If your small business' computer system is lacking in proper protection, or you're concerned about the vulnerability of your company's financial accounts, now's the time to beef up your security plan: Hackers are targeting small businesses more and more because they're equipped with weaker business security systems -- frankly, small business computer systems are easy targets, and they carry enough financial bounty to make hacking worthwhile.
How can you put into place a proper business security system? Start with your passwords. Sometimes, it's the only thing you'll need to do to deter hackers from making attempts on your system.
There are challenges, however, to the handling your business' many passwords. The Washington Post breaks it down:
"...the biggest problem with passwords is that there are far too many of them. Think about the things in your life that are now password protected: Work-related files, mobile phones, home computers, tablets, bank cards and online banking sites, social networks -- the list goes on."
So how do you set up a strong password security system?
Step 1: Setting Your Passwords The first, and perhaps most obvious, way to guard against password theft or fraud is to use a complicated password. This means avoiding words you can find in the dictionary, and keep from using any personal information within your password. With so much of our lives exposed online, it's easy to find personally identifiable information, such as birthdates, anniversaries, street addresses, and kids' or pets' names -- details that are often used in passwords.
There are plenty of ways to select passwords that no one could "guess." For example, think of a sentence you can easily remember and use the first letter of each word to make up the password. So, for example, if the sentence is "The Cubs last won the World Series in 1908," your password would be "TClwtWSi1908."
Step 2: Managing Your Passwords You also shouldn't use one password for every account you use. Keep track of these various passwords with an online password management software. It's essentially an online repository that tracks and organizes your various passwords that you use for many sites or servers. Depending on the software, you may even be able to utilize it to log into accounts without having to type your username and password. All you have to do is remember the main master password to get into that database, and all of your account login information is categorized for easy access.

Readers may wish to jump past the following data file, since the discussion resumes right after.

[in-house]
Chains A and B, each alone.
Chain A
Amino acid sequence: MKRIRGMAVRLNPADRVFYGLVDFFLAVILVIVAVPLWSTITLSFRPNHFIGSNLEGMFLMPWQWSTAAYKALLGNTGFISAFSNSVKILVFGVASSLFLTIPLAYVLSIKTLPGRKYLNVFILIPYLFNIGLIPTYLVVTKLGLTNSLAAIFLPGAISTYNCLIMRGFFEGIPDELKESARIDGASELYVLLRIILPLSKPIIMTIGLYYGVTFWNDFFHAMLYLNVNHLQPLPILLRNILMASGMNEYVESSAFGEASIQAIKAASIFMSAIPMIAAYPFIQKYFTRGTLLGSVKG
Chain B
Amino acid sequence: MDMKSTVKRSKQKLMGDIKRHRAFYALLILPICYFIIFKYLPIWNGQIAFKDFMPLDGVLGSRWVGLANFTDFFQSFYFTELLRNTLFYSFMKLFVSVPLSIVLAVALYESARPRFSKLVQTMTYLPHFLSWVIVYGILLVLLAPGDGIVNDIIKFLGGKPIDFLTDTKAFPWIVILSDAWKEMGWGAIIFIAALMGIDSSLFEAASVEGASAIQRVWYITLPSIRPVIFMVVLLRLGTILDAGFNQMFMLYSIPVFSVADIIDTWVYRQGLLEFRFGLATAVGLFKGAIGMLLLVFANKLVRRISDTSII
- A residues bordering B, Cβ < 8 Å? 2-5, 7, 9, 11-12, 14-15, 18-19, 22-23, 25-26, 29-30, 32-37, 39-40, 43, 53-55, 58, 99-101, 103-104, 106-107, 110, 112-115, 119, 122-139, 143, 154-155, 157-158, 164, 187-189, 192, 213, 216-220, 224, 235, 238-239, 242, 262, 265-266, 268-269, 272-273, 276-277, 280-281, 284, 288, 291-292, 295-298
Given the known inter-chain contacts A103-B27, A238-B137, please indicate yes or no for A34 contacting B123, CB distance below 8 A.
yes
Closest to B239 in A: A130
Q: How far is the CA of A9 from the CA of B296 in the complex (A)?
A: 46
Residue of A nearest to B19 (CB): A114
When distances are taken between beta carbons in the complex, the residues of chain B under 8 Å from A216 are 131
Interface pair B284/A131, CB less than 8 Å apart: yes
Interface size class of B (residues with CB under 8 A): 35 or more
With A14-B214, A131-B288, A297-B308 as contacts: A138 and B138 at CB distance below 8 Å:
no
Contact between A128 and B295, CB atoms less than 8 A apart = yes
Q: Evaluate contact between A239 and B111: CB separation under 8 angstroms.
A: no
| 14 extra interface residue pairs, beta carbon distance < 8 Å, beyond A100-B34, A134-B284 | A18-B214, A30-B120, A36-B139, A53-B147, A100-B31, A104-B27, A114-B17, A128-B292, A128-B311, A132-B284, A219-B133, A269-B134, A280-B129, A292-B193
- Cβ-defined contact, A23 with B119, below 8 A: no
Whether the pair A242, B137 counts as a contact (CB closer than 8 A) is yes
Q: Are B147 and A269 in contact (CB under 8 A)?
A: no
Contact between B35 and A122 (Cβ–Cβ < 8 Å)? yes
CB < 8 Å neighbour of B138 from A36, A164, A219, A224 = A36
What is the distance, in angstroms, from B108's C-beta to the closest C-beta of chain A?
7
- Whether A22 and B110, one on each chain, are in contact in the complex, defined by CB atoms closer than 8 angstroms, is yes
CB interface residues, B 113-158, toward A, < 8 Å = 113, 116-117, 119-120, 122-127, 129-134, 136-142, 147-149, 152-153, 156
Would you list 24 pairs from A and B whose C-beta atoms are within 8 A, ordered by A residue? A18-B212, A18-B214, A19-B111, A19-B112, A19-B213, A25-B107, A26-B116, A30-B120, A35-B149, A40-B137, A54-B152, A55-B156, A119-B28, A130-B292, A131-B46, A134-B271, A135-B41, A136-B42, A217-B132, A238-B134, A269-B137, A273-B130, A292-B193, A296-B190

Step 3: Sharing Your Passwords When you set up a password security system, be diligent about who you share passwords with internally in your business. You may want only one trustworthy employee to have access to the password management software in case you ever need a second person to access these important accounts. Or, you may even take it a step further by trusting your legal counsel with this confidential information. Step 4: Protecting Your Passwords If you feel your small business is vulnerable to hacking, take any step possible to safeguard your information while you stop for a more robust business security system. Everything you can do to make it that much more difficult for an outside to gain access to your information will help you stay off the target list down the line.
In addition, reconsider the kind of account confirmation questions you utilize as a backup for retrieving lost passwords. A common one is, "What is your mother's maiden name?" or "What is the mascot of your high school?" This information can be easily found online, so be sure to select a question that is highly personal, such as the name of your favorite teacher, or who your best friend was in grade school.
Learn more about protecting your -- and your customers' data -- at Business.com.